Unsinkable Seven was a nickname given to the seven drivers and co-drivers who managed to survive to finish the notoriously difficult East African Safari Rally that began and ended in Kenya, in the unusually difficult rallies of 1963 and 1968.
Inaugurated in 1953, the rally's notoriously tough conditions required cars to be adapted to cope; despite this, it made it popular with factory teams. From the 1960s onward, they travelled from as far as Japan and Europe to compete.
Courses lasting 3,100 miles to the finish line made the rally a challenge to complete, sometimes made worse by adverse weather conditions. The "Unsinkable Seven" nickname was awarded on two occasions, in 1963 and 1968, when a number of mishaps were caused by heavy rainfall, both before and during the rally. Also exclusion for a number of reasons including lateness and disqualification, meant that a large number of competitors had to retire. So only 8% finished, making it the lowest rate ever. Alternatively, the competitors are nicknamed "The Magnificent Seven".
The idea of the rally began in 1950 when a pair of Nairobi businessmen, Neil and Donald Vincent, who recently had set a new record at the Nairobi – Cape Town – Nairobi run, were approached by their cousin Eric Cecil, who was a chairman of the motorsport committee of the REAAA, to race at the 3.3 mile Langa Langa (now known as Gilgil) circuit that was made up of perimeter roads of a World War II military camp. The Vincents were unenthusiastic at the idea as they had grown tired of circuit racing but were interested in the idea of a long-distance driving event similar to the one in which they had competed for the previous year. Cecil considered a road race around Lake Victoria but shelved the idea when he realised that parts of northern Tanzania, where the race would be likely to take place, was prone to seasonal flooding, making that idea impractical.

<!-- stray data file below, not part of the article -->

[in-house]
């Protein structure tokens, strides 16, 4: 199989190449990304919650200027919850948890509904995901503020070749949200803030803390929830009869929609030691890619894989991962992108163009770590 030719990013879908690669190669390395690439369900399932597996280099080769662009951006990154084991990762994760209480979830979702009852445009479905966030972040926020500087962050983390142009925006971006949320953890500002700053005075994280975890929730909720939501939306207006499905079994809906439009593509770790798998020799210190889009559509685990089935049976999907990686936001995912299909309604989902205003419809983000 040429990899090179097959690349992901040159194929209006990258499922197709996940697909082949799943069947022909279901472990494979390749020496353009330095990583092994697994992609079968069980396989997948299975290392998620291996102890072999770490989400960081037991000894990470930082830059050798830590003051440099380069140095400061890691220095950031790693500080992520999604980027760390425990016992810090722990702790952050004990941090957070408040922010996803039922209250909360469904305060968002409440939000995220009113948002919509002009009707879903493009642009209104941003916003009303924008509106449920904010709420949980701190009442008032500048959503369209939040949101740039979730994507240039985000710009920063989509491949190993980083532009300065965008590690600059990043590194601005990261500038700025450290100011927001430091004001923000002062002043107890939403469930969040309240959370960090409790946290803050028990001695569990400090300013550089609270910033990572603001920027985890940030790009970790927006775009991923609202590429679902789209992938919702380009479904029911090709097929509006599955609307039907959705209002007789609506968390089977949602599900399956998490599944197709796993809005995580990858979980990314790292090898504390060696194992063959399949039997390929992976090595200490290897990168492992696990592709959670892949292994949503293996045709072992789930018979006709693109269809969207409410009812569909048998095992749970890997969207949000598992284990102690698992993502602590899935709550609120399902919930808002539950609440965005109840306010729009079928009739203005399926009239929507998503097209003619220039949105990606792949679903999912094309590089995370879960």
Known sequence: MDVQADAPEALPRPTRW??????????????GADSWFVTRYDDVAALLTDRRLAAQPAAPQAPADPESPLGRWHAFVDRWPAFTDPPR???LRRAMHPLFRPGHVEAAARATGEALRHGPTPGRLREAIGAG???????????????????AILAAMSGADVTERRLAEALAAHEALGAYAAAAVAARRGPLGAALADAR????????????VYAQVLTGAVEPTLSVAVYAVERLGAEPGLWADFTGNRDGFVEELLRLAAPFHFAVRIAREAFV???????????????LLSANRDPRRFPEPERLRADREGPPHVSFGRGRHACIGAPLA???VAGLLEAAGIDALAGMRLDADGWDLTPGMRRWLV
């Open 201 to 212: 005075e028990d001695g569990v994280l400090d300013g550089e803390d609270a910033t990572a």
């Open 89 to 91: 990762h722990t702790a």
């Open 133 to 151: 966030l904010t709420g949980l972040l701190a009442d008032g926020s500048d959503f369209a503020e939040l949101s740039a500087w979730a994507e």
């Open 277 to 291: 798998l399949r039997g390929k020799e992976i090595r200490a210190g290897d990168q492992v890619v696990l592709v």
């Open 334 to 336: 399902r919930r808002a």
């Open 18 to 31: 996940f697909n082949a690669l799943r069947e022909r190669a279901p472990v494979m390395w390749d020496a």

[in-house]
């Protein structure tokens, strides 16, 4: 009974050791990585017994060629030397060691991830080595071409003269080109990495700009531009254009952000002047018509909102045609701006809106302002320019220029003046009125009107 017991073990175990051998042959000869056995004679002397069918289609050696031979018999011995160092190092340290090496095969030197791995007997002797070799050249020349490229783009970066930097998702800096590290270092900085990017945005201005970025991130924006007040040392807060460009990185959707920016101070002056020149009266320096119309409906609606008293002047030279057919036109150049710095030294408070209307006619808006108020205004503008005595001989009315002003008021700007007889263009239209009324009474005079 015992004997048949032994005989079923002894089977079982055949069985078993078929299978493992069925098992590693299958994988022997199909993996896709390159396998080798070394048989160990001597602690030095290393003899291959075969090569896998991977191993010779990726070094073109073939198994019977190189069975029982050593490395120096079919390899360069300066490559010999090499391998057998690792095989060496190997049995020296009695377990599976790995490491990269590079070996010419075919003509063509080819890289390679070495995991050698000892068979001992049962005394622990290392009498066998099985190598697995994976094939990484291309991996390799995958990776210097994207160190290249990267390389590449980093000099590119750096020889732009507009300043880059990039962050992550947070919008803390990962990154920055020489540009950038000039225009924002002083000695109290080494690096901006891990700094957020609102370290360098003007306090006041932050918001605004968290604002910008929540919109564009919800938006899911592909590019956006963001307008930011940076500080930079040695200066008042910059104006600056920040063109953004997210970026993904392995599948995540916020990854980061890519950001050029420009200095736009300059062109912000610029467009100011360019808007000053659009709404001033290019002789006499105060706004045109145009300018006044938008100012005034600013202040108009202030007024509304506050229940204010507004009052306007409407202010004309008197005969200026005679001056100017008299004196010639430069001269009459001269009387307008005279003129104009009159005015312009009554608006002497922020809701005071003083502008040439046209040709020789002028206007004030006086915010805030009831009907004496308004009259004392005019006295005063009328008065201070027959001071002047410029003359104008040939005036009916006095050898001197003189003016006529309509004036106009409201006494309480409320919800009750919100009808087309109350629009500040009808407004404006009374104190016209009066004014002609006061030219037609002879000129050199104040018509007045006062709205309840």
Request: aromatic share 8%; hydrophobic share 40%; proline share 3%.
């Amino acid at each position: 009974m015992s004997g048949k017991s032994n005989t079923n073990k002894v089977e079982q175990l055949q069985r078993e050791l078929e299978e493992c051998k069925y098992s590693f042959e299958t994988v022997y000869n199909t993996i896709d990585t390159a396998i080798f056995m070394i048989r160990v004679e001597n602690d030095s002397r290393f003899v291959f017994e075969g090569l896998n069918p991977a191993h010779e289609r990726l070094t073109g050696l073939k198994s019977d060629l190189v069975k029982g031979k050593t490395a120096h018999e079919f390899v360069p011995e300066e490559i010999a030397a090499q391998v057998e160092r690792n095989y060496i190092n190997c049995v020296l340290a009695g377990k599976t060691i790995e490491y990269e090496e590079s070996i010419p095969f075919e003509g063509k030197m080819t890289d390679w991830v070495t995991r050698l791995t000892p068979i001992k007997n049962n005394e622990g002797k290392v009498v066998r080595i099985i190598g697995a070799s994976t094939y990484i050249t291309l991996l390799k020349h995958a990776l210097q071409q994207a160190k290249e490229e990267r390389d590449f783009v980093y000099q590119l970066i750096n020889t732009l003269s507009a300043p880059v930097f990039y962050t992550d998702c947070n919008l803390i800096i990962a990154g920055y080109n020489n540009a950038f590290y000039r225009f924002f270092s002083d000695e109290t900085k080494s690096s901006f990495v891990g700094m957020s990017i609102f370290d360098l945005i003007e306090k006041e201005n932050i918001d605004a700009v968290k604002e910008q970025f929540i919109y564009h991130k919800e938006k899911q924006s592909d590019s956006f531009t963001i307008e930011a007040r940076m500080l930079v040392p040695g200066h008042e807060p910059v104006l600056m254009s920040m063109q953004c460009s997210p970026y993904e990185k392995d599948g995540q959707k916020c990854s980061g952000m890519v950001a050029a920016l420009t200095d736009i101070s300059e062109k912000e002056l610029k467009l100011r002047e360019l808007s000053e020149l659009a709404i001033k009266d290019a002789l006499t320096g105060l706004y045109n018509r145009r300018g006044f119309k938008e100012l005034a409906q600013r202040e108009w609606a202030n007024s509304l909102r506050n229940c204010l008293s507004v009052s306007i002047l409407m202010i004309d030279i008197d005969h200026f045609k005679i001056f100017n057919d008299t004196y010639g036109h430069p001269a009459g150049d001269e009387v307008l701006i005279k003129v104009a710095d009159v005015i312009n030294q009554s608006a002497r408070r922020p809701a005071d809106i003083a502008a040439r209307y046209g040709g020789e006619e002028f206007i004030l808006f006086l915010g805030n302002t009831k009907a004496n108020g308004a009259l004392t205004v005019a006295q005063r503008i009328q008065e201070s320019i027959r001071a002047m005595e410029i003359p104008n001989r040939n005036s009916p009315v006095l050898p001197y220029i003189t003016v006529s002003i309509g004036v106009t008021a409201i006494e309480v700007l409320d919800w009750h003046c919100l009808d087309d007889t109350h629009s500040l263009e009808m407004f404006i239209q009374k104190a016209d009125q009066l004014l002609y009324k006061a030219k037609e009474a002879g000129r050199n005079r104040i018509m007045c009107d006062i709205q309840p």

Eventually various ideas began to gel together forming the basis of the rally that was to be run over roads in the three African Great Lakes nations of Kenya, Uganda and Tanzania. This idea became a reality in 1953 when it was staged over the holidays as the East African Coronation Safari, a celebration of the coronation of Queen Elizabeth II.
Overseas interest grew from the 1959 rally, with entrants from the British motoring press. By the following year, the Safari was filmed for British television stations; by then over one hundred overseas journalists covered the event.